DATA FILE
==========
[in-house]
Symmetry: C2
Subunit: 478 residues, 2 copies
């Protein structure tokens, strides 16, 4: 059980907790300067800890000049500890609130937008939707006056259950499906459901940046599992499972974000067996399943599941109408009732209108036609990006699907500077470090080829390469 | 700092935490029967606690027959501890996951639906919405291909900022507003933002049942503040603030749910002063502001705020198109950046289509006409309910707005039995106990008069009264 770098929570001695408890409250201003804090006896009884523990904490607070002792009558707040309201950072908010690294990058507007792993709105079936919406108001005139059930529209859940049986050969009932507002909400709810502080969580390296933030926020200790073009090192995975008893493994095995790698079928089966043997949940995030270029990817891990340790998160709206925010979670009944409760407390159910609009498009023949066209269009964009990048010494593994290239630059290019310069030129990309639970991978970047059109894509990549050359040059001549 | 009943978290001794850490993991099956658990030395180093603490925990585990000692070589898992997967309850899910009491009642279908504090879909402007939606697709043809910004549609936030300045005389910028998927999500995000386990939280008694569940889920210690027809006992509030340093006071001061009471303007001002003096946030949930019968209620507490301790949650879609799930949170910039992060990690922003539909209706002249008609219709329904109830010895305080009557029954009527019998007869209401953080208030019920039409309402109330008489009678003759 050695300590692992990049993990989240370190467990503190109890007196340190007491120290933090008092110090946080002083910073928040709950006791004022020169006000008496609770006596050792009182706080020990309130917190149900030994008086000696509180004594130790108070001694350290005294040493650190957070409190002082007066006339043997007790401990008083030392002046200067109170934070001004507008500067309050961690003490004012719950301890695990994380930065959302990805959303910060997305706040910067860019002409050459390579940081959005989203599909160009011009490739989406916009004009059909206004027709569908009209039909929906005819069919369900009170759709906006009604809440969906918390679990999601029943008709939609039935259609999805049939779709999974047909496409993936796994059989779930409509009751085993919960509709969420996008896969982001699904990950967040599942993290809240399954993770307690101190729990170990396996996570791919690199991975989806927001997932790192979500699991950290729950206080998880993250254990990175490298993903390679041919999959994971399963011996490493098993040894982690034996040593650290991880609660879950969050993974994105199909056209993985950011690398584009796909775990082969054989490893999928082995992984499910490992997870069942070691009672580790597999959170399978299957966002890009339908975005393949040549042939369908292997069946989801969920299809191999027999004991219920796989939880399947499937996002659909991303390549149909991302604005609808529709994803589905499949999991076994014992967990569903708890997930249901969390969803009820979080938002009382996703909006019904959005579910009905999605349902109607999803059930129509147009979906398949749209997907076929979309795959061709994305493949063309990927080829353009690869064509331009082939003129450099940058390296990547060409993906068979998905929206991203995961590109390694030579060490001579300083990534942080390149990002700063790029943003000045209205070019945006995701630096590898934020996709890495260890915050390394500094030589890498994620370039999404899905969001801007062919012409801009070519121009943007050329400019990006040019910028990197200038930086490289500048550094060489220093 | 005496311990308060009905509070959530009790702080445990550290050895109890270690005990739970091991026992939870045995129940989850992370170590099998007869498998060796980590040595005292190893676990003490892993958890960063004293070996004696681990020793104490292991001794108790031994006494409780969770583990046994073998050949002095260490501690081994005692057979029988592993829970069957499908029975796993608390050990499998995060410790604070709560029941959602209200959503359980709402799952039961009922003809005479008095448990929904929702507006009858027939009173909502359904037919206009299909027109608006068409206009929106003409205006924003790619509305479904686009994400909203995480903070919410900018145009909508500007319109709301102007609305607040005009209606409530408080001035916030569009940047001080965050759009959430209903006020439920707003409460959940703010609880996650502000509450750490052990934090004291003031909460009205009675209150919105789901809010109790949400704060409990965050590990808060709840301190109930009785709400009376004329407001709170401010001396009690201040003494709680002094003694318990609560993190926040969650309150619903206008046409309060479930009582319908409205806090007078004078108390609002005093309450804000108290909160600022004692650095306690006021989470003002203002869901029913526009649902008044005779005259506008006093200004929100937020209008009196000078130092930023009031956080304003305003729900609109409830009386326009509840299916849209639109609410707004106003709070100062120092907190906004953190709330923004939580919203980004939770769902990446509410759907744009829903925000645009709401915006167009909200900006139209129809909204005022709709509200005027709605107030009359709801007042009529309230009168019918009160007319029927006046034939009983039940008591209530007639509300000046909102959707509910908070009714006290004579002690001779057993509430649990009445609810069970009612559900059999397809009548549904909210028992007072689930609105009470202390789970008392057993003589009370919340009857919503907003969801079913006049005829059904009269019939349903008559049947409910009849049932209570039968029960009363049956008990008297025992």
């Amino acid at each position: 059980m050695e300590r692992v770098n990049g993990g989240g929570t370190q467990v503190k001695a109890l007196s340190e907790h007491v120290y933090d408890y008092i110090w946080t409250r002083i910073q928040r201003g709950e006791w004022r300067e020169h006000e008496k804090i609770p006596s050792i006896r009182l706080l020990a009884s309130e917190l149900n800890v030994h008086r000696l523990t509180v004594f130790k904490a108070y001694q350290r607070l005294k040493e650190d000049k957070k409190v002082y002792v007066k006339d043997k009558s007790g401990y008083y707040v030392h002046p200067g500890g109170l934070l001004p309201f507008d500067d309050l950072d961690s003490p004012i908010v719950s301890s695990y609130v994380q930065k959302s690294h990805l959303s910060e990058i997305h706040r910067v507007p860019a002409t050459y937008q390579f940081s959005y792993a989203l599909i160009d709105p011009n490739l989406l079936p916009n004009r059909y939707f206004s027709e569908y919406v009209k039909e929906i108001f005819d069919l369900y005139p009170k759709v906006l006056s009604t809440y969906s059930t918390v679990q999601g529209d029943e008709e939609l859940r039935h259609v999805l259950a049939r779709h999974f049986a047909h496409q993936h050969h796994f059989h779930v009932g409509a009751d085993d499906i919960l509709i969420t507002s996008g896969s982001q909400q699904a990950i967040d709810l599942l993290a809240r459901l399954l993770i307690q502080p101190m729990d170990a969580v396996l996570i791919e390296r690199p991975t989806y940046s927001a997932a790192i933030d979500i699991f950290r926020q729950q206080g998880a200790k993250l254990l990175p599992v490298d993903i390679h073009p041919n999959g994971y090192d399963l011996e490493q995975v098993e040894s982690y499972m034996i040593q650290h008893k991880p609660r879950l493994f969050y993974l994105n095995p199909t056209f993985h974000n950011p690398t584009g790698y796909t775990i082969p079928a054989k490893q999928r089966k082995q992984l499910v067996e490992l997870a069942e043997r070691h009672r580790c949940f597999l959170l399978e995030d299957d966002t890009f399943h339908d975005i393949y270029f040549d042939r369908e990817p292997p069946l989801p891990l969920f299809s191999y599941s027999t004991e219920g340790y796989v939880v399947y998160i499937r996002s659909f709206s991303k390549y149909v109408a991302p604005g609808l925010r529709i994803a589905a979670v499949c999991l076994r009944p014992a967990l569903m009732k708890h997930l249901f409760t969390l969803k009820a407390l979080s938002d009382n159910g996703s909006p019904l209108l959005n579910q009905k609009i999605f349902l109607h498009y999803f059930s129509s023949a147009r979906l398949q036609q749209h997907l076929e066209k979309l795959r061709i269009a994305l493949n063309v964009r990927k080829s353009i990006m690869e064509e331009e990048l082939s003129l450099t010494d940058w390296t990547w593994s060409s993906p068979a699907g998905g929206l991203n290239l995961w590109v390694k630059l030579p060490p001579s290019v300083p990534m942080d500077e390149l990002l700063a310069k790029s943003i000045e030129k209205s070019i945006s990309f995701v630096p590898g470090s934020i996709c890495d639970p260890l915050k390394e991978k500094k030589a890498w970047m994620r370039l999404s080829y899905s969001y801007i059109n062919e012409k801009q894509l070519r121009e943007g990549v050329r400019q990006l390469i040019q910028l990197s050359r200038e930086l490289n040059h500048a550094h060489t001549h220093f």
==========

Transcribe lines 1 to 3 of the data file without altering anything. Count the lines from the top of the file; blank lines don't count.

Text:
[in-house]
Symmetry: C2
Subunit: 478 residues, 2 copies